Neighborhood networks ready to document immigration raids

SAN FRANCISCO (AP) — Immigrant rights groups are organizing a new network of neighborhood watch teams in California and elsewhere in response to threats by the Trump Administration of a deepening crackdown against those living in the country illegally.

Religious groups and migrant rights activists are training hundreds of volunteers across the country to be part of a Rapid Response Network, a sort of emergency reaction team whose purpose is to have observers document the arrests of immigrants, find them legal counsel and support them and their families as they navigate the court system.

In the San Francisco Bay Area, fears of massive detentions have increased this year amid reports that immigration agents are planning to arrest as many as 1,500 people who are in the country illegally. Agents earlier this month also delivered immigration inspection notices to 77 restaurants and other businesses in Northern California.

"The silver lining of this crisis is that all the outrage is turning into solidarity across race and class in our country," said Lorena Melgarejo, a community organizer with the San Francisco nonprofit Faith in Action, who helped launch the networks.

Melgarejo said more than 1,500 people have been trained in San Francisco and San Mateo counties alone.

Immigrants can call phone hotlines in many parts of the country if they are being detained by federal authorities. When someone calls to report a detention, volunteers are immediately dispatched to verify the report and if an immigrant is being arrested, they act as legal observers and offer moral support to their detainees.

Armed with notebooks and cellphones, the teachers, priests, retirees, tech workers and others have been trained to take notes, record video and take photographs during the detentions. They also learn about the basic rights of immigrants and how to stay out of the way of federal Immigration and Customs Enforcement agents.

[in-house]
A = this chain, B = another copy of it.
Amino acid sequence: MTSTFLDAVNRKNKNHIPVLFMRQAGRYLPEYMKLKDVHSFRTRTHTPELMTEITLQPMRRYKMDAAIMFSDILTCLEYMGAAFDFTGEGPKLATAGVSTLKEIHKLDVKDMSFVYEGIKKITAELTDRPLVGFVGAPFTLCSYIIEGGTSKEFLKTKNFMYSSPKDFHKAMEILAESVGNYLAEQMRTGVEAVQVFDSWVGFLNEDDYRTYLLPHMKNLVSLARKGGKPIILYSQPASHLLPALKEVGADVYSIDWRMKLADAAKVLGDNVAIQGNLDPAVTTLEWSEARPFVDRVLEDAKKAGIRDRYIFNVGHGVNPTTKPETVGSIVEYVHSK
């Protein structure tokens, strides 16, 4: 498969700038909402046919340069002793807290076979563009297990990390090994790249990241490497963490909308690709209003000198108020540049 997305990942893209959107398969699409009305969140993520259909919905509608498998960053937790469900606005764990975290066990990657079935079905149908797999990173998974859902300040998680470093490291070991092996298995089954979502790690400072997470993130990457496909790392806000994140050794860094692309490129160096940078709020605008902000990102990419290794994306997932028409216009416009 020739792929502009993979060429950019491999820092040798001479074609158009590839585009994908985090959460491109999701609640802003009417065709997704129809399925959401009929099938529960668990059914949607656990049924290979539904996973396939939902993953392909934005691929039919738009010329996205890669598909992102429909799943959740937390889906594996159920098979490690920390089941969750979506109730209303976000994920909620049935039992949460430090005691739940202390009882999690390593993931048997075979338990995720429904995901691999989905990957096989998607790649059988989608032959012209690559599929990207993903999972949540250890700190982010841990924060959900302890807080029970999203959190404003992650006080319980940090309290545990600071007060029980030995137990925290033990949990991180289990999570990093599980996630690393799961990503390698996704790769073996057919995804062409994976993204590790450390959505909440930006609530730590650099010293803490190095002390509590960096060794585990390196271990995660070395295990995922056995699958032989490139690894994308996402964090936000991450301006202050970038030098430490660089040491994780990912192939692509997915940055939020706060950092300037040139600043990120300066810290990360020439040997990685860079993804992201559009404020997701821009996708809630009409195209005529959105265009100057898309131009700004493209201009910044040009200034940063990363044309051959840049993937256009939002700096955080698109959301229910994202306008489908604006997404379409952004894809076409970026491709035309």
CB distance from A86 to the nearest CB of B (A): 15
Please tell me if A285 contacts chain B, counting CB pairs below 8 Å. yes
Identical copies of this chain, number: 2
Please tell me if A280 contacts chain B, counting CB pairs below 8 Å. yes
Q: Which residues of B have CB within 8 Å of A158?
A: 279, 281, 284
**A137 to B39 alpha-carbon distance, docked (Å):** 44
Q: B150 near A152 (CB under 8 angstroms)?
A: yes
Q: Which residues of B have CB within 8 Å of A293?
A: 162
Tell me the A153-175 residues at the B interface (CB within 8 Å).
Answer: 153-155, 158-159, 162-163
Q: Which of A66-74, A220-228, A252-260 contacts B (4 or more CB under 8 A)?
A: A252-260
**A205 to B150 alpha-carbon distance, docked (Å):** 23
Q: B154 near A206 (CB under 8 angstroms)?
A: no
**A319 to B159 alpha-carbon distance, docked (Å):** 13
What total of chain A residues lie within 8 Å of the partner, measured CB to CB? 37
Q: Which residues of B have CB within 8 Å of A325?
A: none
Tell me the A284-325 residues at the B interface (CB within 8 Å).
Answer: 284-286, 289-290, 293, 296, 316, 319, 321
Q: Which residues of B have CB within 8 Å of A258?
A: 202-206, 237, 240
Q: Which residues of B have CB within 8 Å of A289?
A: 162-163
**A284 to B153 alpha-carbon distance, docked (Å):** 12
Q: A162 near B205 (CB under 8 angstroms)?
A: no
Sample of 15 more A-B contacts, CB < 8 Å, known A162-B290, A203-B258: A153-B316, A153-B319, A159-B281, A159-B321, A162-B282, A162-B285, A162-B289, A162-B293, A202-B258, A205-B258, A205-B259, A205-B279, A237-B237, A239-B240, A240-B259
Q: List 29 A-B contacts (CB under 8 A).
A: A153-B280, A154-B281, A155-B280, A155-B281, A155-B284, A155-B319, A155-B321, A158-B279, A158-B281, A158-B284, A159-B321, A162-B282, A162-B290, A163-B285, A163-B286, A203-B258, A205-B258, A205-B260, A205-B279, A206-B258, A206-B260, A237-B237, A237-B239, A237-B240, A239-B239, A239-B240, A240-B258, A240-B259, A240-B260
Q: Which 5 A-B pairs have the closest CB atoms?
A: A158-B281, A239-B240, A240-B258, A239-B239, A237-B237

Hotline staffers post information about the detentions on social media and contact immigration attorneys who are sent to detention centers. Immediately providing legal advice ensures immigrants "are not summarily removed in the middle of the night without any witnesses from the community," said Sofia Corona, an attorney with the Los Angeles-based Immigrant Defenders Law Center, part of a rapid response network in Southern California.

"Many folks don't know that unless there is a warrant with their name, they can walk away," she added.

ICE spokesman James Schwab warned against anyone interfering with apprehensions.

"Individuals who intervene in or seek to impede ICE officers while they are carrying out their mission recklessly endanger not only the enforcement personnel, but also the individuals targeted for arrest and potentially innocent bystanders," he said in a statement. "Those who engage in such actions run the risk of harming the very people they purport to support."

Immigrant rights groups first organized hotlines in 2008 during President George W. Bush's administration, when worksite raids led to massive arrests. They went mostly dormant during the Obama administration, when deportations reached an all-time high but arrests were focused on criminals and people considered a threat to public safety.

Now, California's rapid response teams are much more coordinated between different groups and include neighbors who can respond more quickly if a raid happens. They also accompany families to legal proceedings.

David Crosson said it was a visit last June to an immigration detention center near the border with Mexico that opened his eyes to the plight of people who are living in the United States illegally. That prompted him to volunteer.

"If I weren't doing this, I would be angry all the time," said Crosson, 69.

Crosson said he was once part of a group of volunteers who sent letters of support to a woman at a detention center awaiting deportation. When she went before a judge, she brought dozens of the letters and about 80 volunteers packed the courtroom.

The judge released her pending a trial because she had members of her community there, he said.

"We can no longer allow these proceedings to happen in the dark and we need to show immigrants they are not alone," Crosson said.

(Copyright 2018 The Associated Press. All rights reserved. This material may not be published, broadcast, rewritten or redistributed.)

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